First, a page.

Having said all this, basically, the scope of economics is vast and it encompasses all walks of life. It is more than a social science-the genesis of experimental sciences, anthropology, psychology, neurosciences, and so on. Economics enables one to empirically test (by mathematically modelling) existing theories and data, and derive policy recommendations from this analysis. However, one must study economics only if one is truly motivated and has an intellectual bent of mind for it. Being proficient in mathematics is a pre-condition for studying economics.

In all your years of providing education, what can you say your students have taught you in return?

In all the years that I have been involved in teaching, I have come to strongly believe that student feedback is an integral part to bring about an improvement in teaching skills. ‘Learning knows no bounds’. Whether it is at the end of students or teachers-learning is a constant phenomenon. Teachers should learn from the feedback that they get from their students. Sometimes, students ask questions that broadens one’s perspective. I encourage my students to ask questions as sometimes I enhance my learning by answering those questions. Many a times, students have asked questions that has left me stumped and encouraged me to think and reflect. Their inquisitive minds have made me realize that driving independent thought is important.

How can we, as students, learn to bridge the gap between theoretical knowledge and the practical applications of the theories and ideas that we learn in the classroom?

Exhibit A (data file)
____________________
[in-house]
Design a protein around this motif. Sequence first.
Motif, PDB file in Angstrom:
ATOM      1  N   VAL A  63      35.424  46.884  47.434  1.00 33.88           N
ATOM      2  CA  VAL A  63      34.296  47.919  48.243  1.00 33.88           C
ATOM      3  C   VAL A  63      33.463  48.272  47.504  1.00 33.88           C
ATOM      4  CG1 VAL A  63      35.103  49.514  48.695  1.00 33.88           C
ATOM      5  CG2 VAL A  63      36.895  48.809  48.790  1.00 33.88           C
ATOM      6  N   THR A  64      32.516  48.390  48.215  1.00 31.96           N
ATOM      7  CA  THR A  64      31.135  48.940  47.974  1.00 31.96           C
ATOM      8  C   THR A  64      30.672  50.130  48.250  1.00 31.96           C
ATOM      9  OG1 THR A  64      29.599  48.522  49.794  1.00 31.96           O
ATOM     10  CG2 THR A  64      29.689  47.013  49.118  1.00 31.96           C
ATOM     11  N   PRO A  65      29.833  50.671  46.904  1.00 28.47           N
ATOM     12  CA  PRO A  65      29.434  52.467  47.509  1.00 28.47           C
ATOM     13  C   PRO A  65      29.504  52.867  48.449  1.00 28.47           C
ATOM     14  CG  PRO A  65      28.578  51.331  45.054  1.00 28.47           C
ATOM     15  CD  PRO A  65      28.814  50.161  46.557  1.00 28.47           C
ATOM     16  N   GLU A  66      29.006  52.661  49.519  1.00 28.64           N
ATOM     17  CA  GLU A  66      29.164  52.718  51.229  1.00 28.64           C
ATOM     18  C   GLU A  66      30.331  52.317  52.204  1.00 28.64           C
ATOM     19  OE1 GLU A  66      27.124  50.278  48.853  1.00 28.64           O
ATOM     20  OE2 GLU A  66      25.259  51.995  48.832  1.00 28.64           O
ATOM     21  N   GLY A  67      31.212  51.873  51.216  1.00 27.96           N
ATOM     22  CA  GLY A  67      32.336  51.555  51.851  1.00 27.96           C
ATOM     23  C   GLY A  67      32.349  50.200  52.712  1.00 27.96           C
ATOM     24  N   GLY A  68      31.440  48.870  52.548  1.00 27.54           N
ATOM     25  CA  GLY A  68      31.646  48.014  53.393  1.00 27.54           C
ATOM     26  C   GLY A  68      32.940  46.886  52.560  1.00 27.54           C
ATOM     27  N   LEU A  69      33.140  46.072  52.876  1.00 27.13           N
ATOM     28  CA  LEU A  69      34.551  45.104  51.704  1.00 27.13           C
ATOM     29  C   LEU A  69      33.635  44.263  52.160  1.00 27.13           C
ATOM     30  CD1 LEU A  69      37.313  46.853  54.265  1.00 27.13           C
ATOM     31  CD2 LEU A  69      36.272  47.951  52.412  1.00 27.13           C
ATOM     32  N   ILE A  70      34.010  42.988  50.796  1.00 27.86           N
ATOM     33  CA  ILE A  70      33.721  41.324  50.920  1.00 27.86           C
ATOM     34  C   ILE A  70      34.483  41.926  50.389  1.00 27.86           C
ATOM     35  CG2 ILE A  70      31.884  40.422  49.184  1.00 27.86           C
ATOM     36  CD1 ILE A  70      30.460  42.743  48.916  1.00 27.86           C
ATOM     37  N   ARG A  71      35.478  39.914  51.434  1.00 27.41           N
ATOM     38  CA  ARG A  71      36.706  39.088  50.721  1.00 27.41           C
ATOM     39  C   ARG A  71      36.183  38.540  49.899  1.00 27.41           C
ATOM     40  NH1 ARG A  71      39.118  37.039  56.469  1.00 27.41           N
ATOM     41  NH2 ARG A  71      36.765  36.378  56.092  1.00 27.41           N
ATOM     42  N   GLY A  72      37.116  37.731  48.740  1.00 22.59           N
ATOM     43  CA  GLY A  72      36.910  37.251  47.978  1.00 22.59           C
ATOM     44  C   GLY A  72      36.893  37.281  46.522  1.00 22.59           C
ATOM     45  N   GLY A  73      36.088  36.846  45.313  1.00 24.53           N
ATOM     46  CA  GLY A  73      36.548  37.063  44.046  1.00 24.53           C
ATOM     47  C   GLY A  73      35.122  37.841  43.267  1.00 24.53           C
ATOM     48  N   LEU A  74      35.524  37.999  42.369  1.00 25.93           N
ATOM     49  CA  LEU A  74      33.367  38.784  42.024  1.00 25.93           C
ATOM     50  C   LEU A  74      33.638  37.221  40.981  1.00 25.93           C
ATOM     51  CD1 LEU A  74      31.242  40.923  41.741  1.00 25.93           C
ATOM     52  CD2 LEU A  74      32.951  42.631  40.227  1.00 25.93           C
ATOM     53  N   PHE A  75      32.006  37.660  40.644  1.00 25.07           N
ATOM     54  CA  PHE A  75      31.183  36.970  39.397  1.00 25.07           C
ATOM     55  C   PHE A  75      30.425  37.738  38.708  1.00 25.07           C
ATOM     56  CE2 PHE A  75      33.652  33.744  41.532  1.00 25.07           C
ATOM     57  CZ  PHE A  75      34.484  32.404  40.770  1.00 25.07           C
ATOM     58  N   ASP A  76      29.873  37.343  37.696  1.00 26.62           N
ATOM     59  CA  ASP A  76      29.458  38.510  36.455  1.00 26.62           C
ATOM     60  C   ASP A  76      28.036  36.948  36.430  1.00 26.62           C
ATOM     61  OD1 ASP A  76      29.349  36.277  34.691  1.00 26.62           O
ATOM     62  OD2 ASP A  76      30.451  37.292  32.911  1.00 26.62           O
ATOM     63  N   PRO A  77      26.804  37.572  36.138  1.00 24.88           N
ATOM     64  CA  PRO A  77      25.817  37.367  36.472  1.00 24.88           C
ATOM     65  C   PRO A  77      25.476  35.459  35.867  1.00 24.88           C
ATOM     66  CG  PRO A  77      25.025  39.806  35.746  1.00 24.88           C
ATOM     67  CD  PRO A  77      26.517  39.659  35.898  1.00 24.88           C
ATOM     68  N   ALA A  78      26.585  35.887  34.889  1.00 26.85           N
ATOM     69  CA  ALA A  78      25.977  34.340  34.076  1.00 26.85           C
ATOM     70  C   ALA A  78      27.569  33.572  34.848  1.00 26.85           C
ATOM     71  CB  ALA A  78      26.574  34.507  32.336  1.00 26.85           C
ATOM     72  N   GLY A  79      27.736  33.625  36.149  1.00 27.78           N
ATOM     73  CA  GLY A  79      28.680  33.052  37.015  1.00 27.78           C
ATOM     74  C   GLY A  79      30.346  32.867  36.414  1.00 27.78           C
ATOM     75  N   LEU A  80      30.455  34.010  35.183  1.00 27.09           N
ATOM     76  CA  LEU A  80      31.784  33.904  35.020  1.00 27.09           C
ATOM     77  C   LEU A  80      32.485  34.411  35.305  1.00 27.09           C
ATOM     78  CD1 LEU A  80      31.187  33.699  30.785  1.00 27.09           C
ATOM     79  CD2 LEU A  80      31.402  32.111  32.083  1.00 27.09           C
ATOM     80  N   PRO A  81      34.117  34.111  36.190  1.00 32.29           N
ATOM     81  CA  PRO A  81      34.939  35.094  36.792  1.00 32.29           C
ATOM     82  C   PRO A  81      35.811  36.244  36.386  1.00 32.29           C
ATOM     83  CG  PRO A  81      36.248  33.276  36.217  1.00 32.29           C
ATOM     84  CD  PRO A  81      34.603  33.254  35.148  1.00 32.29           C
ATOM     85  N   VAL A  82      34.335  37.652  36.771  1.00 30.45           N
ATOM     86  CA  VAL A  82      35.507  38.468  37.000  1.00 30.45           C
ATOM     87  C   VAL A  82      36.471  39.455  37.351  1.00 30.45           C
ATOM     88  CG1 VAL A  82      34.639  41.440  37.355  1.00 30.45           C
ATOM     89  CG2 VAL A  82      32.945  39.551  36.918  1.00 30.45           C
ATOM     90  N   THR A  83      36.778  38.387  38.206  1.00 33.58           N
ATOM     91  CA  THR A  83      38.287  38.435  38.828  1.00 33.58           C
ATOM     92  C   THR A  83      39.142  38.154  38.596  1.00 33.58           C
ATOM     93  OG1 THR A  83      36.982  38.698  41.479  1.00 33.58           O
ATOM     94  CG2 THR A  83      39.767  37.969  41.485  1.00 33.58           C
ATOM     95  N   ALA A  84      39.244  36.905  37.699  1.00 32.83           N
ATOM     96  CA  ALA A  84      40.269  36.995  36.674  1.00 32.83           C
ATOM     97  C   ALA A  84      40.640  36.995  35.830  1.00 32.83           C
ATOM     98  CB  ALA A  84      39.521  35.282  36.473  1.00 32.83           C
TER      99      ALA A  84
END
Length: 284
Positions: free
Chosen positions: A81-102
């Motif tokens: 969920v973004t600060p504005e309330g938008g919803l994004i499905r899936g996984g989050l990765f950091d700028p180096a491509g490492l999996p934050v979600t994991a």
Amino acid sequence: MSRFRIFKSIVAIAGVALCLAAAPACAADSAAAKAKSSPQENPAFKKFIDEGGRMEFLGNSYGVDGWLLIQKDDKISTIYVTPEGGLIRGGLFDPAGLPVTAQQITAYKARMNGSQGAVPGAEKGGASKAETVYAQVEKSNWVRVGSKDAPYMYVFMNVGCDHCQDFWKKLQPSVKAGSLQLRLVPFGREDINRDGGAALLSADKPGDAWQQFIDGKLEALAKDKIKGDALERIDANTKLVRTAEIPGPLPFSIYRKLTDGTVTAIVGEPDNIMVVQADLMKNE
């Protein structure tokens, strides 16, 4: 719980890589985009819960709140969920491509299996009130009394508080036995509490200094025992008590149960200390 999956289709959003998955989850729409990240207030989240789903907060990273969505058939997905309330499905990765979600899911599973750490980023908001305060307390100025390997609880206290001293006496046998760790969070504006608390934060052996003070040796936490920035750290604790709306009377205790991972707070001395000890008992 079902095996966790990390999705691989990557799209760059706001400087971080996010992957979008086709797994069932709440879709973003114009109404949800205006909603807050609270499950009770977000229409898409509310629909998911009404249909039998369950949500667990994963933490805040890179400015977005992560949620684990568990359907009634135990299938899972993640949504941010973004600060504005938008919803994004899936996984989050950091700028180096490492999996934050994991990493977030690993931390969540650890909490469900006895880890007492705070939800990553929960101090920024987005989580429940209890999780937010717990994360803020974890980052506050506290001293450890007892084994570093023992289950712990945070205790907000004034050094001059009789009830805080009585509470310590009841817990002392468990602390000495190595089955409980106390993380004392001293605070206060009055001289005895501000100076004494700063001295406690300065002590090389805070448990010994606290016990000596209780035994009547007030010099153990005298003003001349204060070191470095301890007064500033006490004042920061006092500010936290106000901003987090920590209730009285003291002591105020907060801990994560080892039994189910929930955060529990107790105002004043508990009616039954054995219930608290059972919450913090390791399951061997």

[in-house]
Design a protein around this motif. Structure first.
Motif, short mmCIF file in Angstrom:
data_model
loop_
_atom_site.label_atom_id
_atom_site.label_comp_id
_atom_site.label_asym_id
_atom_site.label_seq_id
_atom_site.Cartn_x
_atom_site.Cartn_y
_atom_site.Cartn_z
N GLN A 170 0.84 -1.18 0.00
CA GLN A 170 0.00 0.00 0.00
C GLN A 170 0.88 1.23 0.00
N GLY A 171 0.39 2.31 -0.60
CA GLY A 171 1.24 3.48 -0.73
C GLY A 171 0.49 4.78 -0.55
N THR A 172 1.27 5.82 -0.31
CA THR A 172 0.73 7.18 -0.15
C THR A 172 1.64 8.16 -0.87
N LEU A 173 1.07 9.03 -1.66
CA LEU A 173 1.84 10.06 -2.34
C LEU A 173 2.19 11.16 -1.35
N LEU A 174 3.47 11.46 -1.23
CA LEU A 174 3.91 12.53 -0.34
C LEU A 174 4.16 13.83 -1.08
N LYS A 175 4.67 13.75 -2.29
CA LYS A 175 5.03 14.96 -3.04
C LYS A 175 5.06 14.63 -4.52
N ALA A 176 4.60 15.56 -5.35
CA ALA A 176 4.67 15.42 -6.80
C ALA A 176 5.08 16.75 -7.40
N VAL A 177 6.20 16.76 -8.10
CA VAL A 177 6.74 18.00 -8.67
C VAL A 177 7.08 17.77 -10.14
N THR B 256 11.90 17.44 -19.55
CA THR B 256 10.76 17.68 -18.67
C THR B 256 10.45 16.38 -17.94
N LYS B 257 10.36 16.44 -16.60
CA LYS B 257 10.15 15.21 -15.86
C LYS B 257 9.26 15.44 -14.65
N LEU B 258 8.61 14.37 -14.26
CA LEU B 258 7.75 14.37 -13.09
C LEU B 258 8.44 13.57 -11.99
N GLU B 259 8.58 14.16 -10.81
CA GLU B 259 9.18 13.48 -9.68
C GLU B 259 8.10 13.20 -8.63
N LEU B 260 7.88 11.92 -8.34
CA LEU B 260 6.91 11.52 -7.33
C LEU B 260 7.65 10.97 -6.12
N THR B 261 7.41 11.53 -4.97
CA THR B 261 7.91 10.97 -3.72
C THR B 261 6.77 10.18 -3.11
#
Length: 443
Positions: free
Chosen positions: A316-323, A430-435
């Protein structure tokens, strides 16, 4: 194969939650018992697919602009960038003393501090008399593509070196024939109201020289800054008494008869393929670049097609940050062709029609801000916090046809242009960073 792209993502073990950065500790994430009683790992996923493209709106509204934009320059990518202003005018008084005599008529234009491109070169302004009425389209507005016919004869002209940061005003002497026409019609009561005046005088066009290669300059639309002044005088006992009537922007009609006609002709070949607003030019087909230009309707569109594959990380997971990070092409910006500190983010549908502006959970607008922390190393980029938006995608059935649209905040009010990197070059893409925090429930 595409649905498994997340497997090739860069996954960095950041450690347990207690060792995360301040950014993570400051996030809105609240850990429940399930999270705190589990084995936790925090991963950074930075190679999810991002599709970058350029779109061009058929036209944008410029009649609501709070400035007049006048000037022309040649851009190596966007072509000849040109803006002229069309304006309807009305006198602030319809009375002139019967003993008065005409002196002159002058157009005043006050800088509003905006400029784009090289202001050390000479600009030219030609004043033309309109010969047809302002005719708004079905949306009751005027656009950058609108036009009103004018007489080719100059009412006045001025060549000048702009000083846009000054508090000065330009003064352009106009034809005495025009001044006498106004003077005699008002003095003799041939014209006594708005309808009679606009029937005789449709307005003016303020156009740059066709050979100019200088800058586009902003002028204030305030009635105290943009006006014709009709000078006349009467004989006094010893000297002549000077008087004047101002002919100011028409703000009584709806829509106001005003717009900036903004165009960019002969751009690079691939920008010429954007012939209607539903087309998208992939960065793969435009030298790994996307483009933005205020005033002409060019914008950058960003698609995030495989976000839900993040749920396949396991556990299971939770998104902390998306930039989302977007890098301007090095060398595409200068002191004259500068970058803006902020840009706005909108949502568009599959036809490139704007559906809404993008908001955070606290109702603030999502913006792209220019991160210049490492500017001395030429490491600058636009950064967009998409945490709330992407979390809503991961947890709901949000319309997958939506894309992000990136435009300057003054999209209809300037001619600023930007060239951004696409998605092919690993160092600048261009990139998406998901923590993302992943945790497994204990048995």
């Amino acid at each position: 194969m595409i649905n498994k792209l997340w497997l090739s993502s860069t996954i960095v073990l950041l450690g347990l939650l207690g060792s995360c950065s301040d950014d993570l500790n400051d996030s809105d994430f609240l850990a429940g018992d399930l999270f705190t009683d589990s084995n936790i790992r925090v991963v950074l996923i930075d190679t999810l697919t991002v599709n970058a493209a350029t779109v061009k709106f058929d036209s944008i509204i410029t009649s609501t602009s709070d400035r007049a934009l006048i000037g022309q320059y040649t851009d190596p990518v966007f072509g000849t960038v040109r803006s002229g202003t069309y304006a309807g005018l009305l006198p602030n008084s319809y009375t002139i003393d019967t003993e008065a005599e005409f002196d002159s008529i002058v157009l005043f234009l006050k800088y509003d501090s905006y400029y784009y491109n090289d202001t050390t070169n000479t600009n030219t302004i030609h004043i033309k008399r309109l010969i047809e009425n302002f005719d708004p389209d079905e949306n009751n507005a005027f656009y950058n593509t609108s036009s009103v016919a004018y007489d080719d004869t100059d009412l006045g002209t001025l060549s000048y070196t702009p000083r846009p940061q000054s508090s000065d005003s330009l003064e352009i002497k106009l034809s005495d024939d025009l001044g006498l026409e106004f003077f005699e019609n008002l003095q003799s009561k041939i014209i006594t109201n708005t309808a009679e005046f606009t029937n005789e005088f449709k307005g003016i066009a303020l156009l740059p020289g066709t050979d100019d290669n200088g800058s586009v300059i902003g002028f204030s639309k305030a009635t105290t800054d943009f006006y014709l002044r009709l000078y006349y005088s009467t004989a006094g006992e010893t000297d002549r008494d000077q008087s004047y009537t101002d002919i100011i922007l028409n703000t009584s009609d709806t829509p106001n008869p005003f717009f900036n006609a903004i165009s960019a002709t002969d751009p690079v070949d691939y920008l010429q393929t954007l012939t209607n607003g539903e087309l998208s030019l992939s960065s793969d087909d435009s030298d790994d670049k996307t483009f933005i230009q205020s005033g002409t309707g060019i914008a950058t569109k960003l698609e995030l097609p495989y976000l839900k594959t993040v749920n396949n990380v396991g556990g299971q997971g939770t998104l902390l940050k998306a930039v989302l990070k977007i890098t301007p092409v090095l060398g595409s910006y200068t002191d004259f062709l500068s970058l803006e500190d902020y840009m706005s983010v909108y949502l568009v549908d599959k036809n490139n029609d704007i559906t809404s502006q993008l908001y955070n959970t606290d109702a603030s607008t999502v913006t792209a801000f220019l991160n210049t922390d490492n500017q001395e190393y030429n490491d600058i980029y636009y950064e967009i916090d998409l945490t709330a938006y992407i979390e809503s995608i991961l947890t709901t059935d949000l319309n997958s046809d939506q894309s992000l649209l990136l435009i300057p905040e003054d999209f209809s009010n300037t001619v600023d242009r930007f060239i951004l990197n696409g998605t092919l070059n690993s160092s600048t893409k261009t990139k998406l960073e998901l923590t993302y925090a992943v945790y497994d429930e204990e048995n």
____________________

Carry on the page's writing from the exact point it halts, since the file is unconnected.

Students can definitely bridge the gap between theoretical knowledge and practical applications by applying the concepts that they have learnt in real life. ‘Learning by doing’, is certainly an effective strategy in leading to academic excellence. I incorporate a multitude of real-world examples and application-based projects in my lectures. Moreover, I have conducted several assignments based on simulations of real environments.

“It is hard to fail, but it is worse never to have tried to succeed.” – Theodore Roosevelt. Can you share a life experience or anecdote where your academic journey changed unpredictably? How would you encourage your students to take failures in the right stride?

I have firmly believed in the famous quote by Sir Winston Churchill:

Success consists of going from failure to failure without loss of enthusiasm”.

I cannot recollect any particular experience as such, but in the face of an adversity or failure, as the saying goes, I have worked hard relentlessly, until I could overcome my weaknesses and harness my strengths in order to succeed. This is my message to my students: ‘Never give up’!

How would you describe your teaching style in one word/sentence?

Interacive, engaging and Serious 

What additional resources would you recommend to someone who wishes to delve into your field?

The Instant Economist by Timothy Taylor, Principles of Economics by Gregory Mankiw, Freakonomics by Stephen Dubner and Steven Lewitt.

Students can take up reading, The Economics Times, Economic and Political weekly and The Economist. Some blogs could be those by Wall Street Journal, Bloomberg. Financial Times and so on.

If you had to choose an alternate career, what would it be?

Economic Advisor 

What do you like to do for fun?

I have a passion for cooking, other than travelling and reading too.

What other academic or non-academic subjects interest you?

Anthropology, Psychology, Literature

What is your success mantra?

Big Journeys begin with small steps!